The brain is a marvelous organ, but, like all organs, it needs to stay in shape, so to speak. In recent years many scientists have documented studies showing that doing puzzles enhances brain activity. I have undertaken “anecdotal experiments” by suggesting puzzle solving as a way to enhance or improve mental functions. One example hits very close to home; I suggested to a relative suffering from a debilitating brain-degenerative disease that he do crosswords. Before passing away, he became fascinated with doing them (for the first time in his life, by the way), and I was told by his wife that puzzle solving not only seemed to slow down the brain degeneration from which he was suffering but also enriched his life, giving him something interesting to do. Although such incidences in no way constitute “scientific” evidence about the power of puzzles to enhance brain functions, they fit in with the pattern of results that more technical research studies are documenting.The puzzles in this book are organized to give you a steady and graduated workout that is consistent with what the scientific research on brain functioning says. Like a physical workout, each chapter allows you to start off nice and easy, getting you to work up to the more complex levels gradually. These nine “sessions of brainteasing exercises,” as they can be called, will boost reasoning skills, memory and mental processing speed. This is backed up by numerous studies, including one conducted by Michael Marsiske at the University of Florida at Gainesville and Sherry Willis at Pennsylvania State University that was published in the Journal of the American Medical Association in 2006. The study showed that doing puzzle-type exercises, graduated in a consistent fashion as in this book, staved off mental decline, bolstered the brain and sharpened logical skills in adults over fifty in the same way that physical exercise protects and strengthens the aging body. The study also suggested that benefits accrued to the pre-fifty population as well.To reap the benefits, the study suggested, people need to progress from easy puzzle exercises to harder ones, which is just what we have done in this book. The book has, in other words, a “hidden structure” that allows you, chapter by chapter, to build brain power in ways that are consistent with the above-mentioned study and many others like it. So, let this book do its work on you by starting from the very first easy word-search puzzles to very complex logic and math brainteasers.If you want more brain-based puzzles and games after you have worked through this book—consider it a basic training manual in puzzle solving—you can get more by visiting these two Web sites: www.sharpbrains.com and www.happy-neuron.com.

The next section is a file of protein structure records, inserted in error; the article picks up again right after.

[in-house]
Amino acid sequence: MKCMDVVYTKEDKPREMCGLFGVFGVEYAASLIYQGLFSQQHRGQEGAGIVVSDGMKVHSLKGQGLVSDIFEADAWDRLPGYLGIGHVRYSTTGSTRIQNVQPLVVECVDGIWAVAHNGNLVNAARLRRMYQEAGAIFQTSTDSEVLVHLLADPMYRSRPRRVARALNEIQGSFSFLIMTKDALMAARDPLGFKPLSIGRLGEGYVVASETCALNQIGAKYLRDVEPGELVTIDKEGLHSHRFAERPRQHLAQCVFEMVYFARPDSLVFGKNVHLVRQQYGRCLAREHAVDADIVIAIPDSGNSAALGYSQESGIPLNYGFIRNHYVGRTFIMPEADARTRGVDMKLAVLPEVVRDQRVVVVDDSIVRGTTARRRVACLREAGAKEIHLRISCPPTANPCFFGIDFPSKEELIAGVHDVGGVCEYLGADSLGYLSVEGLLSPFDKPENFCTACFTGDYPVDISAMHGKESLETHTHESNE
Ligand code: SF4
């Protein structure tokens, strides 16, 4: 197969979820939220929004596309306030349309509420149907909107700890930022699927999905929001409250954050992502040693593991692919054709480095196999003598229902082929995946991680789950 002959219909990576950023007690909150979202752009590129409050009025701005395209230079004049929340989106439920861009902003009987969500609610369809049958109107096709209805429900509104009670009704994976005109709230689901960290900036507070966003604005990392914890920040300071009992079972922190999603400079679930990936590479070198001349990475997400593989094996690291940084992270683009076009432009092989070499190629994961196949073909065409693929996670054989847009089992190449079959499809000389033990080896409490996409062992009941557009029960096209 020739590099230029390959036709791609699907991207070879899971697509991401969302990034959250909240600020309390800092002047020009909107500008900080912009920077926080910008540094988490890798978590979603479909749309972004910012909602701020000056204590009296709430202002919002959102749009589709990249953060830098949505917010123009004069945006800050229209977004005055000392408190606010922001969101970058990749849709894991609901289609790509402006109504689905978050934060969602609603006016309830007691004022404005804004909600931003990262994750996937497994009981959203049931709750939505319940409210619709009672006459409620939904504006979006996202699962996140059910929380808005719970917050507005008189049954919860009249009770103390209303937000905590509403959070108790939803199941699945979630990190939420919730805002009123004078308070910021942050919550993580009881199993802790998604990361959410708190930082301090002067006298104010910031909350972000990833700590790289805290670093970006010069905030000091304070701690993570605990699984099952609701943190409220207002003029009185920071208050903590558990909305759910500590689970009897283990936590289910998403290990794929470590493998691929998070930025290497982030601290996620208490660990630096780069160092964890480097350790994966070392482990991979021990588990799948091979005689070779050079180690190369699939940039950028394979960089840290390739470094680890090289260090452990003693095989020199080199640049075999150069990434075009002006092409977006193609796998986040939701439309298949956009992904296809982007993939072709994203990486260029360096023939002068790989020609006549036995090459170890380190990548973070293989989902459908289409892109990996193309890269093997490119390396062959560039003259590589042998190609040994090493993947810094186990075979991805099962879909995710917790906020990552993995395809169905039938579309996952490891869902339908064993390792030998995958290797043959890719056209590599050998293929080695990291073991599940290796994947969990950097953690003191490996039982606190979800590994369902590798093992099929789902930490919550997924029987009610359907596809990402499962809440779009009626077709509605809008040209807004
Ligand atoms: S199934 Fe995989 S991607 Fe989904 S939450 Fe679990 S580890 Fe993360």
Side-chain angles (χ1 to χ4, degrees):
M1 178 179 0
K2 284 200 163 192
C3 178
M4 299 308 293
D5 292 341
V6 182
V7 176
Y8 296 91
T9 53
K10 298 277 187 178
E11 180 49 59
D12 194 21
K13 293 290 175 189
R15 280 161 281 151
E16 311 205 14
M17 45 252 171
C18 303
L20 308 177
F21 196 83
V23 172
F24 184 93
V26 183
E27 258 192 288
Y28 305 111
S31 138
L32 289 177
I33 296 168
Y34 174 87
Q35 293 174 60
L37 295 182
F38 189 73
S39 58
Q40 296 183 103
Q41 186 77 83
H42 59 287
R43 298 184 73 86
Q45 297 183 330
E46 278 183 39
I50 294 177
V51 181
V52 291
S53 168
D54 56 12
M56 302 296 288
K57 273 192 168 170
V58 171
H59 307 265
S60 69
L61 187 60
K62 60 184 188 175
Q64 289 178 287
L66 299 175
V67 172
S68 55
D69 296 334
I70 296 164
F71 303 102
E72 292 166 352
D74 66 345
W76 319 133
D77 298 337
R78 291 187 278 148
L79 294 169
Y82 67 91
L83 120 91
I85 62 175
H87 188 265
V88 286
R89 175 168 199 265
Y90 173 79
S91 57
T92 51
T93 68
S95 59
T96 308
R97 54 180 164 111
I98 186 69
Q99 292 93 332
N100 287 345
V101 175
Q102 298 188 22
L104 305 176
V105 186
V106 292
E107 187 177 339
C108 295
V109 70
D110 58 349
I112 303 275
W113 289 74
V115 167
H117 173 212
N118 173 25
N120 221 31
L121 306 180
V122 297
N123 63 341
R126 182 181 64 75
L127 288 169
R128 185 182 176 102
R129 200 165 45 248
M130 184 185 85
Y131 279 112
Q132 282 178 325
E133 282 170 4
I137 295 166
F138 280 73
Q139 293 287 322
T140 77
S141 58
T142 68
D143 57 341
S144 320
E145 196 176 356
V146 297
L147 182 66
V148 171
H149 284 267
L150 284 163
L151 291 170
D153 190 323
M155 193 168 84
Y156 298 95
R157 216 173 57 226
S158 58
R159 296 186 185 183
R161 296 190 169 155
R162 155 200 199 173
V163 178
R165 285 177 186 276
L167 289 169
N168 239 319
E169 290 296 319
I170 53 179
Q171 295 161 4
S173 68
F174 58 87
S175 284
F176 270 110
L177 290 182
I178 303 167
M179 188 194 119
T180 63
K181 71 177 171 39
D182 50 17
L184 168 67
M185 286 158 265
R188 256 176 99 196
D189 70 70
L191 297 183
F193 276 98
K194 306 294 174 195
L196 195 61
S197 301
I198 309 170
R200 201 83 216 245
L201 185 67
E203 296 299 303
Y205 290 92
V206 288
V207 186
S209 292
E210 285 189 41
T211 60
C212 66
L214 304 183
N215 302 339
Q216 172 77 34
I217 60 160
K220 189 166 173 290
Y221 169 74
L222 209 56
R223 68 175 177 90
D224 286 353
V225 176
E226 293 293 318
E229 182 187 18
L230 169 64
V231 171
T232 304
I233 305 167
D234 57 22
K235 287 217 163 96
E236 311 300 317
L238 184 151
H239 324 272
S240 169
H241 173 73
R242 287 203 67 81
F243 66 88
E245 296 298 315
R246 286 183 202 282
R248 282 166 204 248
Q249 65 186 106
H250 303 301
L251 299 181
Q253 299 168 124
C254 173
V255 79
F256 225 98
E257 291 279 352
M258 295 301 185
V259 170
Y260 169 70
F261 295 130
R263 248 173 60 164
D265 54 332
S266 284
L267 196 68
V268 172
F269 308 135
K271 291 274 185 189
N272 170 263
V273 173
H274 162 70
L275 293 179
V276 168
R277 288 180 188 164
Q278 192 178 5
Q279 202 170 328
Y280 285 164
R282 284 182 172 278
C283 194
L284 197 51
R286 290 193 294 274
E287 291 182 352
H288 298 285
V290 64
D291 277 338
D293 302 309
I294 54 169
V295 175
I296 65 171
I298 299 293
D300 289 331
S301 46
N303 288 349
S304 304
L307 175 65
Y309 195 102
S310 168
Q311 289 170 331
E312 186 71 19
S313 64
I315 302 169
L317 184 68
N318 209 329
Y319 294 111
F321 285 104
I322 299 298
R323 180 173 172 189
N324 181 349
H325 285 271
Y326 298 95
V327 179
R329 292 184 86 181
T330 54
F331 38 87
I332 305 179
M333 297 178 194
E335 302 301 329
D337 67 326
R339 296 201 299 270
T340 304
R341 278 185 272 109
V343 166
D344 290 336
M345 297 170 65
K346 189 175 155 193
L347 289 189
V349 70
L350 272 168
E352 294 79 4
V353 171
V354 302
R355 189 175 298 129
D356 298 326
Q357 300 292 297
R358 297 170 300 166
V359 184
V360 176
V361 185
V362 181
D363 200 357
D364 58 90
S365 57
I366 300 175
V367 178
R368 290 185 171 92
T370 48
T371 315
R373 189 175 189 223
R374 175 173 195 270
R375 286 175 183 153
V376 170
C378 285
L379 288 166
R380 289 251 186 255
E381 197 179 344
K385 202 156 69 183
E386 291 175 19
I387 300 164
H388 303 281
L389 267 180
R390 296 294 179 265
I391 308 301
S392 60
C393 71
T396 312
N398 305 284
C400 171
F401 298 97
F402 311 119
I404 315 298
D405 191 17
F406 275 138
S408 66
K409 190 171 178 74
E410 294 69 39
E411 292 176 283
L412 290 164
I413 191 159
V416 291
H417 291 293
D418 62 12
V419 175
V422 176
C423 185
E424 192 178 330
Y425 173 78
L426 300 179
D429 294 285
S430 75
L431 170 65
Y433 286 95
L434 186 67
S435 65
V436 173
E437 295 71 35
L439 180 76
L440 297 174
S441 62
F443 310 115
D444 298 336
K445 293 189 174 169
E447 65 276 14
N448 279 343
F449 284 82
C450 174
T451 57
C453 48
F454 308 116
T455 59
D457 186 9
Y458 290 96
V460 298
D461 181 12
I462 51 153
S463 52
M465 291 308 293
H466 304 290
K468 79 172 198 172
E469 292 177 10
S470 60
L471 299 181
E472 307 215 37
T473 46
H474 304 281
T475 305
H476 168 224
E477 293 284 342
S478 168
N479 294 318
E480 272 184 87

HOW TO USE THIS BOOK